The casting is great with Andrew Bartlett in the lead role as Tevye, giving an excellent performance in a very demanding part. He brings out the comedy, warmth and emotional anguish of the character and gives a powerful rendition of If I Were A Rich Man. Tevye and his wife Golde – played superbly by Bronwen Carless – have some delightful scenes, including the duet Do You Love Me.

The three marriageable daughters are outstandingly played by Christie-Laura Malpass (Tzeitel), Grace Moseley (Hodel) and Susannah Greenow (Chava). There is splendid singing by Grace, who is only 14 years old.

Special mention must go to Harry Ryan, who plays the poor but hardworking tailor Motel Kamzoil who loves, and later marries Tzeitel. His characterisation and singing are both excellent.

Cherril Watkins, who plays Fruma-Sarah, the ghost of Lazar Wolf’s departed wife in the show-stopping dream scene also deserves praise as does Lazar Wolfe (Andrew Rawle), Yente, the matchmaker (Sylvia Craddock) and Perchik (Matt Parkinson).

The simple, but effective set, is also impressive and the orchestra adds to a lovely evening’s entertainment. The show runs until Saturday, March 21.


Hello Richard

My colleague Trevor Guest will I am sure be in contact with you more formerly after our attendance at the Swan on Wednesday evening.
In the meantime on behalf of Karen and myself thank you for your hospitality and warm welcome. We both thoroughly the enjoyed the evening and a great show and please extend our good wishes to all involved for a successful week in the remaining performances.
Thanks again and look forward to seeing you again soon

Ian Cox


Hello

A word of “Thanks” for a very enjoyable evening at The Swan yesterday.
The performance of Fiddler On The Roof was thoroughly entertaining, absorbing and I keep thinking about it today.
Well done to all the cast, orchestra and support crew. Your performances are always great and this one was terrific!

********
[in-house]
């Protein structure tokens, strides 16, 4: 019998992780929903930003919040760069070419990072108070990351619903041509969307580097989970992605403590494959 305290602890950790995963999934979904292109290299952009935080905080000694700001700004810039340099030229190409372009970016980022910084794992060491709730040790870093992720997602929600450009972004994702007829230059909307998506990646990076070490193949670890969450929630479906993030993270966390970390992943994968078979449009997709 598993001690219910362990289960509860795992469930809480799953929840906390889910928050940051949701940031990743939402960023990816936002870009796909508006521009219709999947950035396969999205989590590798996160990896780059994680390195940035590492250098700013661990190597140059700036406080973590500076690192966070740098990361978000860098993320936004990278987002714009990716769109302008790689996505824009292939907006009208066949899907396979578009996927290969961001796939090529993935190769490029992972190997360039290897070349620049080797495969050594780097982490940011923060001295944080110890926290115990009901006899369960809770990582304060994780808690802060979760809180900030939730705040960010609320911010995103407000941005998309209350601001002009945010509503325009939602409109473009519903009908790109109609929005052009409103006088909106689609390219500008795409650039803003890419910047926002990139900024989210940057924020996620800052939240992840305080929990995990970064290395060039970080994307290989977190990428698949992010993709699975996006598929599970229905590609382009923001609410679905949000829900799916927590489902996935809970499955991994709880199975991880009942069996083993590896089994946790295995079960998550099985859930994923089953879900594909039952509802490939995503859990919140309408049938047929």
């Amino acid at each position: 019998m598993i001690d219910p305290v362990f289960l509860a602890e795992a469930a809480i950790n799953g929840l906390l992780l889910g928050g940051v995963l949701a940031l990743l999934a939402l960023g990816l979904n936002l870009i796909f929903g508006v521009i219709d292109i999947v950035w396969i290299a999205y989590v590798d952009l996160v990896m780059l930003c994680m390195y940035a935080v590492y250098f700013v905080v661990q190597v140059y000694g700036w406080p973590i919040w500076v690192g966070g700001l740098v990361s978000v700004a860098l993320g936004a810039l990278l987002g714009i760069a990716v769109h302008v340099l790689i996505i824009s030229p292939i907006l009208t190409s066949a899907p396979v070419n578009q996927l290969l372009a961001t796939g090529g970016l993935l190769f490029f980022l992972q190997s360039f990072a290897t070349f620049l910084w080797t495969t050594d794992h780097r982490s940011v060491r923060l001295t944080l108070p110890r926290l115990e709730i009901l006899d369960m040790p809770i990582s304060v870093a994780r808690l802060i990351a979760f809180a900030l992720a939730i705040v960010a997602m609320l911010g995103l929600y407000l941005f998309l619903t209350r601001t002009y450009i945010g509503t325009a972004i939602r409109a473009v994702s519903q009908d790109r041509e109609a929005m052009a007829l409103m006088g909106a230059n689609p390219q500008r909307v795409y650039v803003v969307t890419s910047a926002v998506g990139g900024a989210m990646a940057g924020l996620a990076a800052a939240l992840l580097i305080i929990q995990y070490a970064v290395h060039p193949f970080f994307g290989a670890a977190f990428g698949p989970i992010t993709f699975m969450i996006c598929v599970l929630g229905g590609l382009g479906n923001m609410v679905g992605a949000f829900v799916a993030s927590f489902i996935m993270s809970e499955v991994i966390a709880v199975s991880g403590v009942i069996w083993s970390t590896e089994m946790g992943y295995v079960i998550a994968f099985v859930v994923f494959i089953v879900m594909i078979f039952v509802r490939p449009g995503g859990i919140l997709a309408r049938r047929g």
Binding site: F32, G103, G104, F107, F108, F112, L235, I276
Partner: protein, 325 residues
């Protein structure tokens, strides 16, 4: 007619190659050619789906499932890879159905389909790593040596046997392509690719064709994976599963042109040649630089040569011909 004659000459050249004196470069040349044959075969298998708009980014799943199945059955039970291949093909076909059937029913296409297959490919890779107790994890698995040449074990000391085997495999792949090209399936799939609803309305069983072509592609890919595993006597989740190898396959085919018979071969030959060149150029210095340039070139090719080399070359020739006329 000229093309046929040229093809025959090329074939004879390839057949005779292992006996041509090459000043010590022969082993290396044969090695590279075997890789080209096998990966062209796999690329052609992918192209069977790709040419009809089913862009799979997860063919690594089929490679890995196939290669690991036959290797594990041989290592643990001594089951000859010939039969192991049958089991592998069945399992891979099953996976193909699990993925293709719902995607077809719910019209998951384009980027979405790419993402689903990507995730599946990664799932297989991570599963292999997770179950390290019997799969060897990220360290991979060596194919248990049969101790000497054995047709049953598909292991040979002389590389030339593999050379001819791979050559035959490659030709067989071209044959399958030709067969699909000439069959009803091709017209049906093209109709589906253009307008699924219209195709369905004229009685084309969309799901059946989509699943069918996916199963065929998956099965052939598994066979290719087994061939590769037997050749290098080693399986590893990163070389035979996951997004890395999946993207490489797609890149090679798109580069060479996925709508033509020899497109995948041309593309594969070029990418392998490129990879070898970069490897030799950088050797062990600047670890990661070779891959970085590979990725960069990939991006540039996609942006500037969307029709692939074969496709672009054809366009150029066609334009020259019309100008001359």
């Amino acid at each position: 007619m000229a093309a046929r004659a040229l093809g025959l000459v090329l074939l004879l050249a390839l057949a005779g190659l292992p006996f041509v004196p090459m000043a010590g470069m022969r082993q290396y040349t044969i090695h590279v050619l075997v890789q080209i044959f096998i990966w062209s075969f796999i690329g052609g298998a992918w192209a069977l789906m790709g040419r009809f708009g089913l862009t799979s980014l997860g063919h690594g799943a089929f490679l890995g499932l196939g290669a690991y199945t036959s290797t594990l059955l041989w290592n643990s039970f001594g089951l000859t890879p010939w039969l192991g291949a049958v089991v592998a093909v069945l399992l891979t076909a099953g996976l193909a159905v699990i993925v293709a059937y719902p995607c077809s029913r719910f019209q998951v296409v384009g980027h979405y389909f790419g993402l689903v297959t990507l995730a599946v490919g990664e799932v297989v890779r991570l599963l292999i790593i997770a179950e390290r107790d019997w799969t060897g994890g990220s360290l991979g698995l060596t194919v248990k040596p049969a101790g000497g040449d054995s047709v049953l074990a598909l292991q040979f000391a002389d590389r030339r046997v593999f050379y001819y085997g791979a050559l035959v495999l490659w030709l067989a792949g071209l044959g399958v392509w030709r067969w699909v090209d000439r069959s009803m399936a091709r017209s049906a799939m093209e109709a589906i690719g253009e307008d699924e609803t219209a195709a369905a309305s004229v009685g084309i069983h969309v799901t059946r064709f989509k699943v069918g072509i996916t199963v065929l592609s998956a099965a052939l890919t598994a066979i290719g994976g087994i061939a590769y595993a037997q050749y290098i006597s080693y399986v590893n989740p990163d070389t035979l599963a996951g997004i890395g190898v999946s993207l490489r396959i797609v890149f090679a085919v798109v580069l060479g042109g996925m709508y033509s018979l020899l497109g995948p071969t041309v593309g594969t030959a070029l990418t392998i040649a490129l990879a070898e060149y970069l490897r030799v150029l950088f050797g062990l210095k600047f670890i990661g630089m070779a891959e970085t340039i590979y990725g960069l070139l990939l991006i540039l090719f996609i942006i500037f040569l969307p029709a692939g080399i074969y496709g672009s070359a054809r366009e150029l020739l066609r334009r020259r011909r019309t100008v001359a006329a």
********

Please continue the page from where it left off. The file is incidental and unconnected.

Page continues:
We didn’t previously know anything about Fiddler On The Roof (apart from the most obvious part) and found the combination of humour dance and song with a hard hitting story quite unexpected – a brave move that worked superbly.
“Thanks All” again, see you next time.

Best wishes

Richard Marshall


Sir – Worcester for City of Culture?

Not sure about that but we went to the Swan Theatre for the first night of Great Witley Operatic Society presenting Fiddler On The Roof last night and it was a marvellous production.

The acting, singing and music were absolutely first rate and everyone was left at the end thinking that this was very much a topical subject with so many echoes in what is happening politically across the world today. Book your tickets, this is a must see.

Local theatre doesn’t get any better. Well done to all concerned.

Mike Finn


Sir I am beginning to think there must be something in Worcestershire’s water. How else am I able to explain the exceptional quality of all the amateur theatre productions I have seen this year?

Last night’s production of “Fiddler on the Roof” by Great Witley Operatic Society, at the Swan Theatre, maintained the tradition. This was a top quality show with a terrific cast.

To all you brilliant amateur thespians all I can say is keep drinking the water!

John Brady

Claines